Why do we act so surprised?
Jesus said, “If the world hates you, keep in mind that it hated me first. If you belonged to the world, it would love you as its own. As it is, you do not belong to the world, but I have chosen you out of the world. That is why the world hates you. Remember what I told you: ‘A servant is not greater than his master.’ If they persecuted me, they will persecute you also.” (John 15:18-20)
The thought of persecution can be pretty frightening. It’s so foreign to those of us here in America sometimes. We have lived free from it for so many years. Is it possible that the church in America has forgotten how to respond?
Thankfully, Jesus told his followers exactly what to do.
Do Not Fear
“Do not be afraid.” (Matthew 10:32)
Recently, I was teaching a group of kids about sharing Jesus even when we’re nervous or scared to do so. We talked about missionaries and believers in places where persecution is common. I encouraged them to share with someone, even if they are nervous.
Then I got an opportunity of my own.
I didn’t realize how anxious I would feel as I sent an email to an editor far away, explaining why I had to write the way I do, why I have to include Christ.
Like Paul, I had to ask a friend to pray “that whenever I speak, words may be given me so that I will fearlessly make known the mystery of the gospel…that I may declare it fearlessly, as I should.” (Ephesians 6:19)
Y’all, I have no desire to hit people over the head with a Bible, but I will not keep quiet about Christ.
Do Not Keep Quiet
When I lived in Kenya, I knew people who had experienced persecution. They’d been rejected by their families. They’d been threatened and attacked.
But they never stopped sharing Christ.
So why do we?
In his book The Insanity of God, Nik Ripken tells story after story of the persecuted church. It’s heartbreaking and inspiring but also very challenging because he writes that persecution always aims to silence the gospel. In effect, he says that if we don’t share the gospel, we do the work of persecutors for them. It doesn’t matter how Christians respond to persecution if they never preach the Gospel.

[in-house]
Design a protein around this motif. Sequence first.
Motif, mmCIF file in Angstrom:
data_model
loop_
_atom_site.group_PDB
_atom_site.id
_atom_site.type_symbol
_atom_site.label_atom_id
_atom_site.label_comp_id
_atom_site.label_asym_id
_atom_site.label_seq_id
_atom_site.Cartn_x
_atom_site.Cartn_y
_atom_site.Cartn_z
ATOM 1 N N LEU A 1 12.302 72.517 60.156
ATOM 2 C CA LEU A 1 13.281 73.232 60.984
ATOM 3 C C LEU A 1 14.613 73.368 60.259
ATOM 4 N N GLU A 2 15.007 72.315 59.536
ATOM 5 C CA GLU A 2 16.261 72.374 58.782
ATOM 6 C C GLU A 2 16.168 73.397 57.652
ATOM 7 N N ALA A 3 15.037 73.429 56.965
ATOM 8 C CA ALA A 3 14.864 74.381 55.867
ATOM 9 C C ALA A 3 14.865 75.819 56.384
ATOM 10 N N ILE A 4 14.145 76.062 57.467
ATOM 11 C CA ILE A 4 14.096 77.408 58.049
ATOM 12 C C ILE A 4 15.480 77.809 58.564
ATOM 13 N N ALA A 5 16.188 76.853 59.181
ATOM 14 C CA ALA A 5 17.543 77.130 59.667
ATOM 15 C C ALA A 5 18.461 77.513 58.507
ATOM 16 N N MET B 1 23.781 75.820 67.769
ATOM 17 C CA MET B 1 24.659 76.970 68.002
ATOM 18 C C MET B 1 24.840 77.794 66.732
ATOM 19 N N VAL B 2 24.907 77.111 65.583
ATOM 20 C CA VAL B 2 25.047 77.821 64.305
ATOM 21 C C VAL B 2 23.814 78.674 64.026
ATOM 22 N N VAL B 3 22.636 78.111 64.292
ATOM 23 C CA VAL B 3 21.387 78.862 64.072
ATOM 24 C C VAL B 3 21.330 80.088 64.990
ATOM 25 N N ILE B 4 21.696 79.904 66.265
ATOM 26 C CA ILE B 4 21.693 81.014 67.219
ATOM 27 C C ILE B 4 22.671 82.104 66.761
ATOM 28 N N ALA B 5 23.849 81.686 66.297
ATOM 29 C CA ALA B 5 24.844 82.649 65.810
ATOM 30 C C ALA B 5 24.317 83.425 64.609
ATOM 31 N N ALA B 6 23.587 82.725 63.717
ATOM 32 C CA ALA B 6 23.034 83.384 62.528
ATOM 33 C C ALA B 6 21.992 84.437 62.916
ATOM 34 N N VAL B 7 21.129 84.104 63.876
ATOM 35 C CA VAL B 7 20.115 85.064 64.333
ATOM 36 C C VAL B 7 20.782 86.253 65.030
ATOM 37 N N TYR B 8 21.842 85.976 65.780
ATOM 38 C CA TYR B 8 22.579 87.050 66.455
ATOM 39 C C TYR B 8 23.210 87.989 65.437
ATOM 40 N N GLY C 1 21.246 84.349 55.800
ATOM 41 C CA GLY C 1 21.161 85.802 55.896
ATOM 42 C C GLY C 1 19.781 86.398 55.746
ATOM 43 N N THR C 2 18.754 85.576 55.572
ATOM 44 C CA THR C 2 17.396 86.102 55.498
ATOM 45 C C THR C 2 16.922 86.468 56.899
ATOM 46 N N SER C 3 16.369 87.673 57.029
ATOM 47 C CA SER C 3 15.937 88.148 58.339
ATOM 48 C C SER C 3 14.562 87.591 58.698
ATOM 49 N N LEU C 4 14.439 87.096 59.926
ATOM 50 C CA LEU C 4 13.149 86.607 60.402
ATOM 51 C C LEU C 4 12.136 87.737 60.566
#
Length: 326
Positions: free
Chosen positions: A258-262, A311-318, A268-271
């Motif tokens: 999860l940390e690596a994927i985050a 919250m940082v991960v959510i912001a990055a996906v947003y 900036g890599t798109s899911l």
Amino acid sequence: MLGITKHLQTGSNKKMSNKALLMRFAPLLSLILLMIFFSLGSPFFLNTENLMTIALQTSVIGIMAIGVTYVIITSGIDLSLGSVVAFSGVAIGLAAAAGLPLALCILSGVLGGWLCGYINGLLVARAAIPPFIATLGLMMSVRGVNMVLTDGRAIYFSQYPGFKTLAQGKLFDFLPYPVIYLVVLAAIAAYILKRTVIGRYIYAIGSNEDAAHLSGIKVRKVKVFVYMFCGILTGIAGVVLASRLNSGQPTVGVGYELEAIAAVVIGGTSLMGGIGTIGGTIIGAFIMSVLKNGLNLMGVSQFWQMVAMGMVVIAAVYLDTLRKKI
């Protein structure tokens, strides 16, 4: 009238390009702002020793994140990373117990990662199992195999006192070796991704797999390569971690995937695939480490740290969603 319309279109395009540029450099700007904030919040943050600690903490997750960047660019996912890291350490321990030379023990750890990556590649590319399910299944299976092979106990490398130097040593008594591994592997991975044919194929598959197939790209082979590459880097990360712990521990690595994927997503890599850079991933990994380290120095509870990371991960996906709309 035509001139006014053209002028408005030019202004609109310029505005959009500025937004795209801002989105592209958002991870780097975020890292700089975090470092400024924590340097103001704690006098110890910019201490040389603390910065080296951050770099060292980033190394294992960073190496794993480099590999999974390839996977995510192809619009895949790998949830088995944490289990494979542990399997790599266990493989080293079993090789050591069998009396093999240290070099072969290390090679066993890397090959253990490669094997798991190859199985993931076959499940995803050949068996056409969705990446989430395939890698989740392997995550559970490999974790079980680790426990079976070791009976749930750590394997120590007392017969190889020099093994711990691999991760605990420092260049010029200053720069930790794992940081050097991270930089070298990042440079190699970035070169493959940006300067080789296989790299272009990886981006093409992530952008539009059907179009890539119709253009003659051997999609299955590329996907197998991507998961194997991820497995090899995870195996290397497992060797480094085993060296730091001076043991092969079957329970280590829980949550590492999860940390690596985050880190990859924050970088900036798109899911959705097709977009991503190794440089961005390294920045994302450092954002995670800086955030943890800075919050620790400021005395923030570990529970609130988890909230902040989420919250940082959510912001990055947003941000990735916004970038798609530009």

In today’s world, the only response Christians should have to a culture that wants to quiet them is to speak more loudly with love, “for Christ’s love compels us.” (Romans 5:14)
“All this is from God, who reconciled us to himself through Christ and gave us the ministry of reconciliation: that God was reconciling the world to himself in Christ, not counting people’s sins against them. And he has committed to us the message of reconciliation. We are therefore Christ’s ambassadors, as though God were making his appeal through us.” (Romans 5:18-20)
How can we be silent about such salvation?
If you have never read it, I really encourage you to read The Insanity of God. I couldn’t put it down. And not just because some of it was set in Kenya. The story of Nik Ripken and his family and the stories he shares of believers all over the world will convict, challenge and encourage you. I know it. It raises questions of how American Christians respond to persecution, as well as Christians in other parts of the world.
I’d love to hear your thoughts on this topic. Please leave a comment and let me know what you think about how Christians respond to persecution. Do you agree with me, or am I way off base? I don’t consider myself persecuted in any way, but this experience has really caused me to think about how Christians respond to persecution in general. Let’s discuss it!
Finally, be sure and share a link or two for this week’s Encouraging Word Wednesday linkup!